Life with MS

Alcohol Use Disorder may be common among people with MS

Alcohol use disorder (or alcoholism – the abuse of and dependence on alcohol) may be more common among people with MS than the general population. According to the National Institutes on Alcohol Abuse and Alcoholism, 6 percent of adults in the United States had alcohol use disorder in 2015. However, an earlier study found that up to 19 percent of people with MS used alcohol excessively, and noted that rates of depression were higher in those with MS who abused alcohol than among those who did not. (Researchers also noted that alcohol abuse by people with MS can compound symptoms of motor and cognitive dysfunction.)
The relationship between alcohol and depression is well established. Nearly one third of people with depression have an alcohol problem. But many people do not realize that drinkers with depression are at greater risk. Depressed drinkers have more frequent and more severe bouts of depression, and are more likely to consider suicide.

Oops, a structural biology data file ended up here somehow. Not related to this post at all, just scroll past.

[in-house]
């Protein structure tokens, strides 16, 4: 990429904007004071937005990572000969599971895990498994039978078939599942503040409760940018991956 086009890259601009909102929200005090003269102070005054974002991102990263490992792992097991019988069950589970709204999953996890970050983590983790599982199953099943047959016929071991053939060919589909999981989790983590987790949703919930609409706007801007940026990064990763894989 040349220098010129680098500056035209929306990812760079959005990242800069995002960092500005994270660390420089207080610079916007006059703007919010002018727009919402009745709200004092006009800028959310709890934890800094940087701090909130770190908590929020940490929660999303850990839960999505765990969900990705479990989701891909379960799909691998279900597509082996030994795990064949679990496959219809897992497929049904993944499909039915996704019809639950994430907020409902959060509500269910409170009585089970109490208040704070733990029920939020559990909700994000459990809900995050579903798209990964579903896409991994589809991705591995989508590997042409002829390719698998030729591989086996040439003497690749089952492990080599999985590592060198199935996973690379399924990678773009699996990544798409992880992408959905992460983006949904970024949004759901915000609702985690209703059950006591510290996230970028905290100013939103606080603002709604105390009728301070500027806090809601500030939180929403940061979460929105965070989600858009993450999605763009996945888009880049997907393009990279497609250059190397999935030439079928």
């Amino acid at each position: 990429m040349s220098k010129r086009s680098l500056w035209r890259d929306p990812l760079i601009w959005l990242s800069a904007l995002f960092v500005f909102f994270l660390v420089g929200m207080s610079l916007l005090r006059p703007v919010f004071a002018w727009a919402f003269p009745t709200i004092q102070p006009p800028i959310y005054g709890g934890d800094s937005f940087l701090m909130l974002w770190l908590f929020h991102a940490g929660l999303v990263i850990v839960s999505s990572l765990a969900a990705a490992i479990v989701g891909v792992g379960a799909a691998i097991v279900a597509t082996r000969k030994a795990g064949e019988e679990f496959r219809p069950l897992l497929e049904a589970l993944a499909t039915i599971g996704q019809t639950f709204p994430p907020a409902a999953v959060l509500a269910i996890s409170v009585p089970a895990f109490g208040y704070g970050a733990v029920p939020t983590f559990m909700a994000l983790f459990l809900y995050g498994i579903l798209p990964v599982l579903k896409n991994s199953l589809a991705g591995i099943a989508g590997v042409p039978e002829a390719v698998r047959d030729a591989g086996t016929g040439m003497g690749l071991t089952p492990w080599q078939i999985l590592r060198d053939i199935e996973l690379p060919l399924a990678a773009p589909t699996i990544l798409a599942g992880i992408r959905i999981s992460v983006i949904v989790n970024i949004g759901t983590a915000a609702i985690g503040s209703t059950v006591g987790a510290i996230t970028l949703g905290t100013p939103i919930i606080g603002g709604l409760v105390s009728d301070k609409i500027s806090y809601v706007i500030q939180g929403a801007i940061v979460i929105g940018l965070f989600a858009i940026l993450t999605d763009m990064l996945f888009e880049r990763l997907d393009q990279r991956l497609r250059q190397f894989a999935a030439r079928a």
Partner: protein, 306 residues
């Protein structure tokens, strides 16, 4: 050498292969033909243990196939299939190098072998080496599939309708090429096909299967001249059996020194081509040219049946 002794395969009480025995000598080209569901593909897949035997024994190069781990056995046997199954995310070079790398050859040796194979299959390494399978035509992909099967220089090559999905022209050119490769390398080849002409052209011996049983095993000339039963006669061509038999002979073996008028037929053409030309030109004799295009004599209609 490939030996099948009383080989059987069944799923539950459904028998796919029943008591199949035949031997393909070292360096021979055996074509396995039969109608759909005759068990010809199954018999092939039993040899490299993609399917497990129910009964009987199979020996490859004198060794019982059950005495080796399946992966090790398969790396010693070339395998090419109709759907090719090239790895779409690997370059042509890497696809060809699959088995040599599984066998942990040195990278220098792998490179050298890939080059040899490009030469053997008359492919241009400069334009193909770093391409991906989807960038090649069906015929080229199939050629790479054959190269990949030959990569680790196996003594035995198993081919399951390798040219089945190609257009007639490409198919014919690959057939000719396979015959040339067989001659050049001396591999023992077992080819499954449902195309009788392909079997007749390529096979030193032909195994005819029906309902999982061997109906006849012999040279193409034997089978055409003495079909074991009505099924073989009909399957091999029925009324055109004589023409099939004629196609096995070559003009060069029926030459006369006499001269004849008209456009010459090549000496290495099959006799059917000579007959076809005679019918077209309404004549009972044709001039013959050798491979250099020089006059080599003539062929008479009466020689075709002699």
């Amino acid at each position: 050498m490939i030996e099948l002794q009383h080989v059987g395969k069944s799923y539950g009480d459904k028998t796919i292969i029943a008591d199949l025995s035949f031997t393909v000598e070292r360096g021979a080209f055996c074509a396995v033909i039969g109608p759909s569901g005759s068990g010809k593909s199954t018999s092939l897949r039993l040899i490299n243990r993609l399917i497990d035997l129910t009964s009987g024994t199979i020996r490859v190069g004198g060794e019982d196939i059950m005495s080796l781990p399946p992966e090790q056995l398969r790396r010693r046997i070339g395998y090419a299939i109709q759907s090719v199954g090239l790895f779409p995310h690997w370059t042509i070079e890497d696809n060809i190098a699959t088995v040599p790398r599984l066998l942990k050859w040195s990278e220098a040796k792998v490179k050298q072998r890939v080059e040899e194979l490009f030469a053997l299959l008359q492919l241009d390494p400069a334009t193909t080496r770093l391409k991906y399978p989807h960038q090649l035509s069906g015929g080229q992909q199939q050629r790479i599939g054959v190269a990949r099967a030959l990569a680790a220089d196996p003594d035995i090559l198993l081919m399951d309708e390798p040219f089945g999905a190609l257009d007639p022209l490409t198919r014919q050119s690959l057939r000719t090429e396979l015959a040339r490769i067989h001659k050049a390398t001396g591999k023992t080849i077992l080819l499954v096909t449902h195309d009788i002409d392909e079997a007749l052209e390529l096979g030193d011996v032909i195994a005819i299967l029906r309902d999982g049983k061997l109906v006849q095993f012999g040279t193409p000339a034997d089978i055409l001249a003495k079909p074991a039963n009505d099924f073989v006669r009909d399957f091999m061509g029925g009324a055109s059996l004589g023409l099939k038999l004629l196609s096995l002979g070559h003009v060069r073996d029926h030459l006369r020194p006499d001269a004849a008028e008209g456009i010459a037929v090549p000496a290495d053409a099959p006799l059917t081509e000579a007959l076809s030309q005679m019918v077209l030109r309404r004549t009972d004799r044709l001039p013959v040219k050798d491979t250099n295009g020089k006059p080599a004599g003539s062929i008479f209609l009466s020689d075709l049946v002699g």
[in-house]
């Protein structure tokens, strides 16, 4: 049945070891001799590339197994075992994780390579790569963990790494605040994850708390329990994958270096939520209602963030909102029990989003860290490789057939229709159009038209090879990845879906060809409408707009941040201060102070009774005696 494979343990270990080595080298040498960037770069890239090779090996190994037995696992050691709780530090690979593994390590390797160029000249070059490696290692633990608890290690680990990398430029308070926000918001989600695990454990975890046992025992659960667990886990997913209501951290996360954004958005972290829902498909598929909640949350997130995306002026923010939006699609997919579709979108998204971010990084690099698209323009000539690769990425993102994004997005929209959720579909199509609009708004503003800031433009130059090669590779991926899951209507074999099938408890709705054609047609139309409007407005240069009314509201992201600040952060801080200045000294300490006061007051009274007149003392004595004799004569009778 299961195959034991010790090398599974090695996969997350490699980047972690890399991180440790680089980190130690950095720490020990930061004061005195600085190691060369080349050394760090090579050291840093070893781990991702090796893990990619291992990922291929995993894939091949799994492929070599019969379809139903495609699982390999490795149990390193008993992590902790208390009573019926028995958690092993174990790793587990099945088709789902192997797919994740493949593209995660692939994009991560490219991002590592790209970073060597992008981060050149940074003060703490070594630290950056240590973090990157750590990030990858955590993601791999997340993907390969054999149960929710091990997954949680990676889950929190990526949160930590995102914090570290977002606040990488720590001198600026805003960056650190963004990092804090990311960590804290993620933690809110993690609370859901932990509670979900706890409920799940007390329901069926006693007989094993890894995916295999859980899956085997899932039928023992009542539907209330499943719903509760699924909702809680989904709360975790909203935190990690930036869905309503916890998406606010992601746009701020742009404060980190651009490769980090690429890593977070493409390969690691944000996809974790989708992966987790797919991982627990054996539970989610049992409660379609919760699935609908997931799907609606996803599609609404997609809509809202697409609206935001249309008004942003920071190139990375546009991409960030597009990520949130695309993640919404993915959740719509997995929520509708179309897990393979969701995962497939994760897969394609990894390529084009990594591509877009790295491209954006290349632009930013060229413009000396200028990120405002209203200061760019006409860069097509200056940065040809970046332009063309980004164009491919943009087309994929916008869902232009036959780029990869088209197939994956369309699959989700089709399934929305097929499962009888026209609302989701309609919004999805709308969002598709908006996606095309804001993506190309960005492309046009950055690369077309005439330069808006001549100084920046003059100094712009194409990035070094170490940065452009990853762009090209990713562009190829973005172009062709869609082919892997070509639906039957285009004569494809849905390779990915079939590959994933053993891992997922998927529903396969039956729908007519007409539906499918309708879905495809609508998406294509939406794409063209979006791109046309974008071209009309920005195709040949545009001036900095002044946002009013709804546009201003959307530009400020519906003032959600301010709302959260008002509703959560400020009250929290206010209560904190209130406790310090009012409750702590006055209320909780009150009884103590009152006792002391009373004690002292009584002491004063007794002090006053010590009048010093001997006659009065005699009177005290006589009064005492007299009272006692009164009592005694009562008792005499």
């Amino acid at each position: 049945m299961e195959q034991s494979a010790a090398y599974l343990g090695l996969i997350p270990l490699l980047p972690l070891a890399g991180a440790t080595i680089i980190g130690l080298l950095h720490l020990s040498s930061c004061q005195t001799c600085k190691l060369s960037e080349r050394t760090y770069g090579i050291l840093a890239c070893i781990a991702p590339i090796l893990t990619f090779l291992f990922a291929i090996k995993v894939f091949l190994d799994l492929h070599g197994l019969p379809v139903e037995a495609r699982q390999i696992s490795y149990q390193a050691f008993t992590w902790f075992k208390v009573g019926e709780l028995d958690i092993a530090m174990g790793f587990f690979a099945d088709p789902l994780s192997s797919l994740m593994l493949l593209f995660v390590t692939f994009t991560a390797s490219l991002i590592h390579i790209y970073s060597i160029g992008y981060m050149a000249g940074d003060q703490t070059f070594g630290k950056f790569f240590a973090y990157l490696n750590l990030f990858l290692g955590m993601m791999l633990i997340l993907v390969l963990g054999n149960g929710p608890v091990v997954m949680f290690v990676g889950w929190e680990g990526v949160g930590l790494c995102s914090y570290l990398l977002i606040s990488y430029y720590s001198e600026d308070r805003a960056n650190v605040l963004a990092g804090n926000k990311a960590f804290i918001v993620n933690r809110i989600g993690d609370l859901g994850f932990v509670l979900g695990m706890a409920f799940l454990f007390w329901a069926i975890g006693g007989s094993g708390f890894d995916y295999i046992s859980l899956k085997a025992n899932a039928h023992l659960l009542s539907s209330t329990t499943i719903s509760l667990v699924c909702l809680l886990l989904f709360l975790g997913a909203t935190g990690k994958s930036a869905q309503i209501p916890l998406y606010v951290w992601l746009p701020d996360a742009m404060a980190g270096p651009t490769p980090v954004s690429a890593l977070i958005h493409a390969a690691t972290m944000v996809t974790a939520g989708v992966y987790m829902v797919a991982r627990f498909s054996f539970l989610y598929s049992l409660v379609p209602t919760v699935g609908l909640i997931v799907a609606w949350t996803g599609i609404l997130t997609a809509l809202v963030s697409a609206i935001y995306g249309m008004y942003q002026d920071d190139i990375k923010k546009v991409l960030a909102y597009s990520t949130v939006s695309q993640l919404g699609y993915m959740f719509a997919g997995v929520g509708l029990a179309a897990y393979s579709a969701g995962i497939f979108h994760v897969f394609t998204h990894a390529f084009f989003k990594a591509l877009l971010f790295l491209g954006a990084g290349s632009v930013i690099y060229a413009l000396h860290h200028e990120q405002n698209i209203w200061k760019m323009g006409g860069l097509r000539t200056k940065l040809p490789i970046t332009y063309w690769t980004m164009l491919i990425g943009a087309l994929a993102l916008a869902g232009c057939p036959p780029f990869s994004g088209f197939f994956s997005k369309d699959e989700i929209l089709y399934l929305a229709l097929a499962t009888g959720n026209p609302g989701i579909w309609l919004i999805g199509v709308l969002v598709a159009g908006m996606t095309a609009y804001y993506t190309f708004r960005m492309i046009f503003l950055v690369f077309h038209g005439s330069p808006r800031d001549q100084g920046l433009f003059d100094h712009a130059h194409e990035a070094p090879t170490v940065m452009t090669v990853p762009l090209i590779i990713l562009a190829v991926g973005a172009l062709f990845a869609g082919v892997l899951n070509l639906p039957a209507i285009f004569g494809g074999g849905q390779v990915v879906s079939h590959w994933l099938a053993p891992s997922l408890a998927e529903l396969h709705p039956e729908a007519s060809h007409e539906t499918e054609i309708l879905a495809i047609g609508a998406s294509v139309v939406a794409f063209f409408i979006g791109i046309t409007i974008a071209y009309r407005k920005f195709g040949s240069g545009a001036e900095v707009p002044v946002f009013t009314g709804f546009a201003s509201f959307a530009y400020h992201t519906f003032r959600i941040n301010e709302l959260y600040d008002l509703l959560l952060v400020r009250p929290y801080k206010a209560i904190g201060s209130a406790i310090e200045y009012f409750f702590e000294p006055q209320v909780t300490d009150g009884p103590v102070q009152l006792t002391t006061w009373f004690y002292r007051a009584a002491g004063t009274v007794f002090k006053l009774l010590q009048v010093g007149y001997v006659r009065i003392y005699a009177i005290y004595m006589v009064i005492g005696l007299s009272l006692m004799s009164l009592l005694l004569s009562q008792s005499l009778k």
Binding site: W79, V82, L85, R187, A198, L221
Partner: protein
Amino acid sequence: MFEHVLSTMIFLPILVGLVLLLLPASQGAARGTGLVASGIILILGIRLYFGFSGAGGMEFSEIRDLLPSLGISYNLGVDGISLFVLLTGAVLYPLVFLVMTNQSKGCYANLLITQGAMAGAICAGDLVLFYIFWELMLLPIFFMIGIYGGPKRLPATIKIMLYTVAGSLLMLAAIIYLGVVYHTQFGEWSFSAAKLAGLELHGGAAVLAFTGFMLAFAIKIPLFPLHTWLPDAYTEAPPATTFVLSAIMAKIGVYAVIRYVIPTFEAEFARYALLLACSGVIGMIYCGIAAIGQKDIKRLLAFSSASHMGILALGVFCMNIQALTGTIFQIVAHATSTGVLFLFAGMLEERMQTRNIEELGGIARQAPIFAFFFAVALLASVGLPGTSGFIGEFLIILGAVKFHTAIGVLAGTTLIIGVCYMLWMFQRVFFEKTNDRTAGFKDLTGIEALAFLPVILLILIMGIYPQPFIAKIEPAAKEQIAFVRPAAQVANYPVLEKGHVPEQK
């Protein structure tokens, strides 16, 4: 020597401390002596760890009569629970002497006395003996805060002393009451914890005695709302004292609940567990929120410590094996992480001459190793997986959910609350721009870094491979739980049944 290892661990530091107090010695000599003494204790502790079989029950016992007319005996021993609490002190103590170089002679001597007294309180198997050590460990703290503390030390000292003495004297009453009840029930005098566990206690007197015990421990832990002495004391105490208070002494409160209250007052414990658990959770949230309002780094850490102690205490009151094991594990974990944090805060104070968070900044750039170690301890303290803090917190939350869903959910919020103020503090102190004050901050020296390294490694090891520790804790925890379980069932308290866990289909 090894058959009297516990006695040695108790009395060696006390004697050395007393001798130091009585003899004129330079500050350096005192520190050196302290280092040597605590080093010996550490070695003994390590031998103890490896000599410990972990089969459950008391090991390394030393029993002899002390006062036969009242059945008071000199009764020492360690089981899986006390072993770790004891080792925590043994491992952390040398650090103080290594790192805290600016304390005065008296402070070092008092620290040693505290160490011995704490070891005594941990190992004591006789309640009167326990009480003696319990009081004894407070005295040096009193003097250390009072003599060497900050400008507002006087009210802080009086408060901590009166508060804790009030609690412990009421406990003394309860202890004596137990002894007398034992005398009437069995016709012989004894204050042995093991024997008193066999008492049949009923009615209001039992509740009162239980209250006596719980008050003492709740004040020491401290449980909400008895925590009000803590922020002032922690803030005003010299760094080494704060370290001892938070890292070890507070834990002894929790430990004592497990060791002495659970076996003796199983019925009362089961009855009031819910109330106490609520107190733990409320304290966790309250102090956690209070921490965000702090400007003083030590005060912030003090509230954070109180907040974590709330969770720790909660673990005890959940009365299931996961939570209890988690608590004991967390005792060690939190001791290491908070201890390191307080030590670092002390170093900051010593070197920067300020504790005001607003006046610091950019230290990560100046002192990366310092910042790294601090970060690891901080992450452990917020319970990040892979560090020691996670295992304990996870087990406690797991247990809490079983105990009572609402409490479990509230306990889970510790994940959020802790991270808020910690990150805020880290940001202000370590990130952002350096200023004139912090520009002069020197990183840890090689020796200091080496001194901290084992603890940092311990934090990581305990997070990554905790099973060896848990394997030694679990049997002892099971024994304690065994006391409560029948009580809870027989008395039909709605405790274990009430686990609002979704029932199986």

Another area of concern is that alcohol use can make certain antidepressant medications less effective. If you suffer from depression related to MS, talk to your doctor about any alcohol use and how that may affect your condition.
Signs of Alcohol Abuse:
• You have difficulty keeping up with major responsibilities due to drinking or hangover
• Your loved ones worry about your drinking or you argue about it
• You have lost friends or relationships over your drinking
• You have had legal problems related to drinking, such as DUIs
• You ever have difficulty recalling what happened while you were drinking or experience    blackouts
• You feel you “need” alcohol to relax, to feel confident, or to feel like yourself
• You drink in the morning, or drink when alone
• You get drunk when you didn’t intend to do so
• You hide or deny drinking.